reading list

This week’s reading list starts with a video of a lecture by Sir Roger Scruton on ‘Tradition, Culture and Citizenship’. It is thought-provoking.
The second piece is by Ross Douthat at the New York Times. Douthat, a conservative, puts the sexual harassment storm in the context of the sexual revolution and sees it as a correction to it. But he does not seeing it improve the dire relations between the sexes and in particular it will not stop the ‘baby bust’.

Douthat: ‘The cascade of revelations about powerful men is a continuation of this mitigation and correction process. But so far the process has not substituted successful marriages for failing ones, healthy relationships for exploitative ones, new courtship scripts for the ones torn up 50 years ago. Instead as Weinsteinian or Polanskian excesses have been corrected, we’ve increased singlehood, sterility and loneliness. We’ve achieved the goal of fewer divorces by having many fewer marriages. We’ve reduced promiscuity by substituting smartphones and pornography. We’ve leveled off out-of-wedlock births by entering into a major baby bust.’
He is not optimistic for the future.

In the National Review, David French explains the huge importance of the Supreme Court case concerning the First Amendment Rights of a baker and whether he should be compelled to participate in a gay marriage by baking the cake. It sounds trivial, but is one of the most important cases to come before the Supreme Court in recent decades.

Finally, Theodore Dalrymple at City Journal explains the ridiculousness of a BBC item covering homelessness.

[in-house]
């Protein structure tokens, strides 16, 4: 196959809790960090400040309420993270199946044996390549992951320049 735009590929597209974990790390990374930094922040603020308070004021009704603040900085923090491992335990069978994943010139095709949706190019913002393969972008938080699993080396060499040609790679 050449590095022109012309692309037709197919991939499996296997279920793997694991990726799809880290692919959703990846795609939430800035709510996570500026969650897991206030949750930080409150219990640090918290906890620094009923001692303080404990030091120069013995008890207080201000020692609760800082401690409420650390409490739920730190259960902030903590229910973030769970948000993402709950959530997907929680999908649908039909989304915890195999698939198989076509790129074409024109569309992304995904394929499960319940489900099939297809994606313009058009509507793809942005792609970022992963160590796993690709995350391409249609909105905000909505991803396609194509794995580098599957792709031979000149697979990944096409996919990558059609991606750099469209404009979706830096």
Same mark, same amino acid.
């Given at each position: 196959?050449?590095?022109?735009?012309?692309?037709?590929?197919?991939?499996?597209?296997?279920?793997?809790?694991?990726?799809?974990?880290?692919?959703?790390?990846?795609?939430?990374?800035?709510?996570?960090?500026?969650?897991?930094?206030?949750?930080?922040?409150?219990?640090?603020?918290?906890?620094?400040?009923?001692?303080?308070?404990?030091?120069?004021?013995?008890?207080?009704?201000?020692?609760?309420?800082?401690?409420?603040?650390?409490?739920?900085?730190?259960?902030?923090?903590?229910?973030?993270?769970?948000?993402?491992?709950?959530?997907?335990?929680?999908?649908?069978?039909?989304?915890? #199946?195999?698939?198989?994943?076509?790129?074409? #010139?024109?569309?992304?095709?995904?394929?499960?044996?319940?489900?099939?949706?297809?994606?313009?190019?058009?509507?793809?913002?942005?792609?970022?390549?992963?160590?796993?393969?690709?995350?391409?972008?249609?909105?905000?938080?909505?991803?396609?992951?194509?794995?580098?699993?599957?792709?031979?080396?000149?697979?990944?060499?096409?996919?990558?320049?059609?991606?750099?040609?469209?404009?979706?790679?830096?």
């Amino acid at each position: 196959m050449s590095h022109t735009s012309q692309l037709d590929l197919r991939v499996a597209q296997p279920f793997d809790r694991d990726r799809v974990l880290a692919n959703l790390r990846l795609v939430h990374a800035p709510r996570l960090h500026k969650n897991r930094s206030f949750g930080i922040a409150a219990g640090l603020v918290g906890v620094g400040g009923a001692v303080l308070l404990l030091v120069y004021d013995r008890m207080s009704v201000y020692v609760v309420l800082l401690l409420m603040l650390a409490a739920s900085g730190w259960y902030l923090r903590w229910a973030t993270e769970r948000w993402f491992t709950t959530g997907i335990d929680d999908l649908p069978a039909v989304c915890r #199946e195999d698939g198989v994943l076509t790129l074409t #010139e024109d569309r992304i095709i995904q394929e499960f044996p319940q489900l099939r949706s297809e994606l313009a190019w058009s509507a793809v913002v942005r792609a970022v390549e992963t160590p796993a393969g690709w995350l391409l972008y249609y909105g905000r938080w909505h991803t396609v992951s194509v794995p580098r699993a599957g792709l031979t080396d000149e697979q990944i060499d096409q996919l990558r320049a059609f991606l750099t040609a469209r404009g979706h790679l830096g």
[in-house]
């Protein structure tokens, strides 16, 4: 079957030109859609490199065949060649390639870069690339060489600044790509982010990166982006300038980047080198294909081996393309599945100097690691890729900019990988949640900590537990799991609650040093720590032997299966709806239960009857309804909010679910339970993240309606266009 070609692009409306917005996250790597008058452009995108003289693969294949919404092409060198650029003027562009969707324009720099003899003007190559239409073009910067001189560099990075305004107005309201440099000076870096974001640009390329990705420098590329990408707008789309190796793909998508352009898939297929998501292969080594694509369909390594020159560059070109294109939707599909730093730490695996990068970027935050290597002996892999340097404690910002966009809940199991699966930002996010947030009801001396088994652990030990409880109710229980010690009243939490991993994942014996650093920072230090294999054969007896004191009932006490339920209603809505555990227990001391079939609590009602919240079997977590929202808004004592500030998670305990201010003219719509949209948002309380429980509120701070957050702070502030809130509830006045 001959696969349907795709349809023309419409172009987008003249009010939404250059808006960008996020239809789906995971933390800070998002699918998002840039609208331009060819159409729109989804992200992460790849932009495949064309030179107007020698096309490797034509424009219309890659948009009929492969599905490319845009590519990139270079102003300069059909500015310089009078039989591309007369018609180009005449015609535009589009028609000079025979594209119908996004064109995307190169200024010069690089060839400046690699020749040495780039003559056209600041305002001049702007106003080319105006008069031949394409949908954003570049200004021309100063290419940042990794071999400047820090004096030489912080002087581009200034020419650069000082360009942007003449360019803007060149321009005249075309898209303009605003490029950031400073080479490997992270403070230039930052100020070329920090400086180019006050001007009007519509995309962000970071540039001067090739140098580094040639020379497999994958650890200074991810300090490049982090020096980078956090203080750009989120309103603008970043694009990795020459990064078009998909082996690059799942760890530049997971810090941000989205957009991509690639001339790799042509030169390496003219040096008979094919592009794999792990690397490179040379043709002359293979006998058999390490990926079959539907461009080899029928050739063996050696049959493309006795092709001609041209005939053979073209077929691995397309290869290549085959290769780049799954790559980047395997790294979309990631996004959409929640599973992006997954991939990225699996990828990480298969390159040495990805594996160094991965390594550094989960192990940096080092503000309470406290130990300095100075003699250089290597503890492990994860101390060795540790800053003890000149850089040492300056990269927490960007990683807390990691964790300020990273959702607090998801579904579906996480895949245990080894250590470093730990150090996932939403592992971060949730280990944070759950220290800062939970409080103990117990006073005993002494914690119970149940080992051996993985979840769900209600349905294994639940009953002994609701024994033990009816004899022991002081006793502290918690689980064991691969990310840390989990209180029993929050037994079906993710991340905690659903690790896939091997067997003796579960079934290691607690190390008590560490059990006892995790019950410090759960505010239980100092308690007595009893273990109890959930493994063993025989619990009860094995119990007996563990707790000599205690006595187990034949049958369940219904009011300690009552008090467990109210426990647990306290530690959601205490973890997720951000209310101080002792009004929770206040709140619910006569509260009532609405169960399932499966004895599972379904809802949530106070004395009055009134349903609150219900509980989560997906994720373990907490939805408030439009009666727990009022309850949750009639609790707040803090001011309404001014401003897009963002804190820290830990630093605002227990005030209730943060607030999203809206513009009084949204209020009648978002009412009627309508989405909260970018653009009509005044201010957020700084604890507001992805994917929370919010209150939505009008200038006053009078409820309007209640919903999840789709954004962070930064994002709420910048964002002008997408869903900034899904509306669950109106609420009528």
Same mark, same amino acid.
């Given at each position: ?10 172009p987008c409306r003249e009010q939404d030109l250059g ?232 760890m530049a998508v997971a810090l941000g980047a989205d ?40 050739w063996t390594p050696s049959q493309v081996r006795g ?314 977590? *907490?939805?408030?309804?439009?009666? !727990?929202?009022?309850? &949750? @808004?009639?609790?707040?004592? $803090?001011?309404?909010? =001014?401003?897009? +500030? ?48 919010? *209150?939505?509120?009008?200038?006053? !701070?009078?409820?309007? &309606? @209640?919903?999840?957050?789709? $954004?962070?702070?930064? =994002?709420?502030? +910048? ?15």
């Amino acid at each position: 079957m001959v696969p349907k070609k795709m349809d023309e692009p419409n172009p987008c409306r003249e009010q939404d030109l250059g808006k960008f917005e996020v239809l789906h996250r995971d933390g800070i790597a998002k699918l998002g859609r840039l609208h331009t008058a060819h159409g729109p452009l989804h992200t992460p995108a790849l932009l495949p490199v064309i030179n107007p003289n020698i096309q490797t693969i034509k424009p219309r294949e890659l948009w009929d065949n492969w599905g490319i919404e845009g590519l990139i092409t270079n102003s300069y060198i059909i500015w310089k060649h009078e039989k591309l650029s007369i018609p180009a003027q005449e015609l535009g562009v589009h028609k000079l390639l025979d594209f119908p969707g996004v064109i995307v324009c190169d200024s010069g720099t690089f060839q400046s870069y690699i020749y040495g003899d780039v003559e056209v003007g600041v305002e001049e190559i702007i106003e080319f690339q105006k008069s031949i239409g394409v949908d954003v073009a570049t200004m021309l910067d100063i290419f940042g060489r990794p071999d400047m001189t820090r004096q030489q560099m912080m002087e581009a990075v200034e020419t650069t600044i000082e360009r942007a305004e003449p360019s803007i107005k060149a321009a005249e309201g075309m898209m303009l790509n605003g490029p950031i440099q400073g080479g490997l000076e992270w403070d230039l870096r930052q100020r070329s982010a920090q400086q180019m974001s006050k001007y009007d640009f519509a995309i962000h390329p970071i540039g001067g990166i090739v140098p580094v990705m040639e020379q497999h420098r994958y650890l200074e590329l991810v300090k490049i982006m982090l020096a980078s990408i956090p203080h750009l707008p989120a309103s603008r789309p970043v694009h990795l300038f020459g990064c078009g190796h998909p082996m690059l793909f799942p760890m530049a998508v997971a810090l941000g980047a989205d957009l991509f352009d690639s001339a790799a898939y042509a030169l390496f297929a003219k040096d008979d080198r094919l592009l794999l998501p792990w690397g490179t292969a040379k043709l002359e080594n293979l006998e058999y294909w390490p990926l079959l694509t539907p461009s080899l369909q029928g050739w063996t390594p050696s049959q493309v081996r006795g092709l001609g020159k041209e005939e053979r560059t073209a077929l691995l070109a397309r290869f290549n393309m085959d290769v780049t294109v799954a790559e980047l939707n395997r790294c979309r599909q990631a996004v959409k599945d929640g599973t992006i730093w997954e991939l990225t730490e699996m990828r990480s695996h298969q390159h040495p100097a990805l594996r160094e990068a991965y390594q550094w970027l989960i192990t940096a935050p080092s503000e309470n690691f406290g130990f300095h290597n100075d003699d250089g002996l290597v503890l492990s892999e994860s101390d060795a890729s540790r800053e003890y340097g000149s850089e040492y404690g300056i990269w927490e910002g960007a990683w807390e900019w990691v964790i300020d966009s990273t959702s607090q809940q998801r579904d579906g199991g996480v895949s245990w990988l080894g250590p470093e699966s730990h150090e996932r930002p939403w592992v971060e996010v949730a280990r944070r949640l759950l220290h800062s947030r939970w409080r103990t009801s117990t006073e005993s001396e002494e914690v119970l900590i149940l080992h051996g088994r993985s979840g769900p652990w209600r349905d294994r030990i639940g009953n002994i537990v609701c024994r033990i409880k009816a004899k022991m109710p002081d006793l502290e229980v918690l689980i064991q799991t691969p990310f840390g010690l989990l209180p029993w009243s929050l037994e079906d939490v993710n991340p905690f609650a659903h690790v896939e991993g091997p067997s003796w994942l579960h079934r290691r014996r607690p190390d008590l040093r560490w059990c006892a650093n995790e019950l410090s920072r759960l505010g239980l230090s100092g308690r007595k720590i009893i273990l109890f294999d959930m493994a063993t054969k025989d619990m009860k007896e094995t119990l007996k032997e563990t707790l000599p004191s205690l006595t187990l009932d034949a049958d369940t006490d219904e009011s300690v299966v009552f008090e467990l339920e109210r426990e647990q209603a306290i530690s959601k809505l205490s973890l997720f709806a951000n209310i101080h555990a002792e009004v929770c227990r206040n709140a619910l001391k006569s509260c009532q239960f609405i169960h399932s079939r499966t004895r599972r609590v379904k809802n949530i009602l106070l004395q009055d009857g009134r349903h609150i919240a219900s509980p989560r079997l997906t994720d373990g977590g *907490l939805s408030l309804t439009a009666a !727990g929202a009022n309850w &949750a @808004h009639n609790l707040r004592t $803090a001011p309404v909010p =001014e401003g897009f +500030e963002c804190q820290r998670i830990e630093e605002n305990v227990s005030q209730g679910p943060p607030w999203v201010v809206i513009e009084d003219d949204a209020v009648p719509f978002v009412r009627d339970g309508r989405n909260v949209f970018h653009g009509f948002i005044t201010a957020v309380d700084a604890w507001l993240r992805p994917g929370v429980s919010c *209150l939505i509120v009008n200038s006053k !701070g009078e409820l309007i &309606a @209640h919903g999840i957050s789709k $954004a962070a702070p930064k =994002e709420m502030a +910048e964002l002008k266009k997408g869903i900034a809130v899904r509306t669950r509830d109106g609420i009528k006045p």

Dalrymple notes how the question of two mothers with children came to live in such difficult circumstances was never put. He concludes: ‘While it is perfectly true that no child should be brought up in such degraded and degrading circumstances, at least not nowadays, the blame for it was placed entirely on society, meaning the state and the taxpayers. The only solution offered was for the state to be more generous towards unfortunates such as the two young mothers. That this turned children into de facto tools of extortion, and that it made everyone responsible for the welfare of children except their parents, apparently did not occur to the producers of the news story. They passed on to other subjects, secure in the glow off their own sanctity.’

Sanctity indeed.


  1. Atheists by and large don’t have many children, if you haven’t noticed. That’s why Europe is descending into a demographic desert as it becomes more and more atheist. They certainly love children in the abstract if not the particular. And because of that abstract affection they are certainly concerned to label certain theologies as abusive by definition. One wonders how those of us how hold to that theology – and who have actually raised children to adulthood – managed to avoid beating our kids to death in the name of religion.
    Well, no I don’t really. And no sensible person would ask the question in the first place. Instead, an instance of physical abuse is made into a proxy for what certain individuals really want to talk about. “It’s abusive for you to teach your kids what you teach them. You should teach them what I want you to teach them.” But that’s a hard case to make. Who are a bunch of childless atheists to tell me how to raise my kids.

    • My wife and I are not religious and we have two children.
      My brother and his wife and not religious and they have three children.

      By jumping to ridiculous assertions you publicly make yourself look like a mentally deranged idiot. You’ve been doing well recently too, what’s the matter, have you reduced your medication?

          • That depends. Are you a Bolshevik-like type of atheist? Do you want to shot all the clergy? I would not be happy with that.

            Anyway. Back to the original statement. Do you think there’s a link between being a Muslim and having a lot of kids, or it’s a complete nonsense?

          • Being a Muslim and having lots of kids was not the “original statement”, though was it?
            ‘Atheists not having many children’ was the original statement.

          • > ‘Atheists not having many children’ was the original statement.

            But that’s true! The only group having less, on average, are Buddhist.